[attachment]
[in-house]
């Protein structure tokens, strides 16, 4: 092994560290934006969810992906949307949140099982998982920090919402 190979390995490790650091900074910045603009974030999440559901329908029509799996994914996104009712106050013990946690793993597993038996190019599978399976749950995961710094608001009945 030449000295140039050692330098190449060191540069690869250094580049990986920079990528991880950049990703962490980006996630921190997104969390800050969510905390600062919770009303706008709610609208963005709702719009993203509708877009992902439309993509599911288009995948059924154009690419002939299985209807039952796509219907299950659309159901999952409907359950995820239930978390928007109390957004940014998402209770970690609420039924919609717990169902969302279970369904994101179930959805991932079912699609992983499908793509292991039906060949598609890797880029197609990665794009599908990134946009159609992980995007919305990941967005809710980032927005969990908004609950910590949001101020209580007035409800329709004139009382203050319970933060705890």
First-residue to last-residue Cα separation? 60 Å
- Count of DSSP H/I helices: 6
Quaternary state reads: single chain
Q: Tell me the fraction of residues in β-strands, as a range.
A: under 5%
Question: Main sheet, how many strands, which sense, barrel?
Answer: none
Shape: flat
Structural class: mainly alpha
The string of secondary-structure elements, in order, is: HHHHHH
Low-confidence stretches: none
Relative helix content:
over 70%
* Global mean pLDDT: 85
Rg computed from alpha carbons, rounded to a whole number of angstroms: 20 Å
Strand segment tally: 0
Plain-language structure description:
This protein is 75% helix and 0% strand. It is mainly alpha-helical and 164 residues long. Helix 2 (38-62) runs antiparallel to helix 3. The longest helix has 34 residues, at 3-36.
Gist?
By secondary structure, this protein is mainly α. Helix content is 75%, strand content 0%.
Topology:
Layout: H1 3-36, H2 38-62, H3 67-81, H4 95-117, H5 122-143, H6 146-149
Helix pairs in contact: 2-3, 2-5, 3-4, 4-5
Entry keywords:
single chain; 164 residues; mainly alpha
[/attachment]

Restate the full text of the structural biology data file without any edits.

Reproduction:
[in-house]
């Protein structure tokens, strides 16, 4: 092994560290934006969810992906949307949140099982998982920090919402 190979390995490790650091900074910045603009974030999440559901329908029509799996994914996104009712106050013990946690793993597993038996190019599978399976749950995961710094608001009945 030449000295140039050692330098190449060191540069690869250094580049990986920079990528991880950049990703962490980006996630921190997104969390800050969510905390600062919770009303706008709610609208963005709702719009993203509708877009992902439309993509599911288009995948059924154009690419002939299985209807039952796509219907299950659309159901999952409907359950995820239930978390928007109390957004940014998402209770970690609420039924919609717990169902969302279970369904994101179930959805991932079912699609992983499908793509292991039906060949598609890797880029197609990665794009599908990134946009159609992980995007919305990941967005809710980032927005969990908004609950910590949001101020209580007035409800329709004139009382203050319970933060705890």
First-residue to last-residue Cα separation? 60 Å
- Count of DSSP H/I helices: 6
Quaternary state reads: single chain
Q: Tell me the fraction of residues in β-strands, as a range.
A: under 5%
Question: Main sheet, how many strands, which sense, barrel?
Answer: none
Shape: flat
Structural class: mainly alpha
The string of secondary-structure elements, in order, is: HHHHHH
Low-confidence stretches: none
Relative helix content:
over 70%
* Global mean pLDDT: 85
Rg computed from alpha carbons, rounded to a whole number of angstroms: 20 Å
Strand segment tally: 0
Plain-language structure description:
This protein is 75% helix and 0% strand. It is mainly alpha-helical and 164 residues long. Helix 2 (38-62) runs antiparallel to helix 3. The longest helix has 34 residues, at 3-36.
Gist?
By secondary structure, this protein is mainly α. Helix content is 75%, strand content 0%.
Topology:
Layout: H1 3-36, H2 38-62, H3 67-81, H4 95-117, H5 122-143, H6 146-149
Helix pairs in contact: 2-3, 2-5, 3-4, 4-5
Entry keywords:
single chain; 164 residues; mainly alpha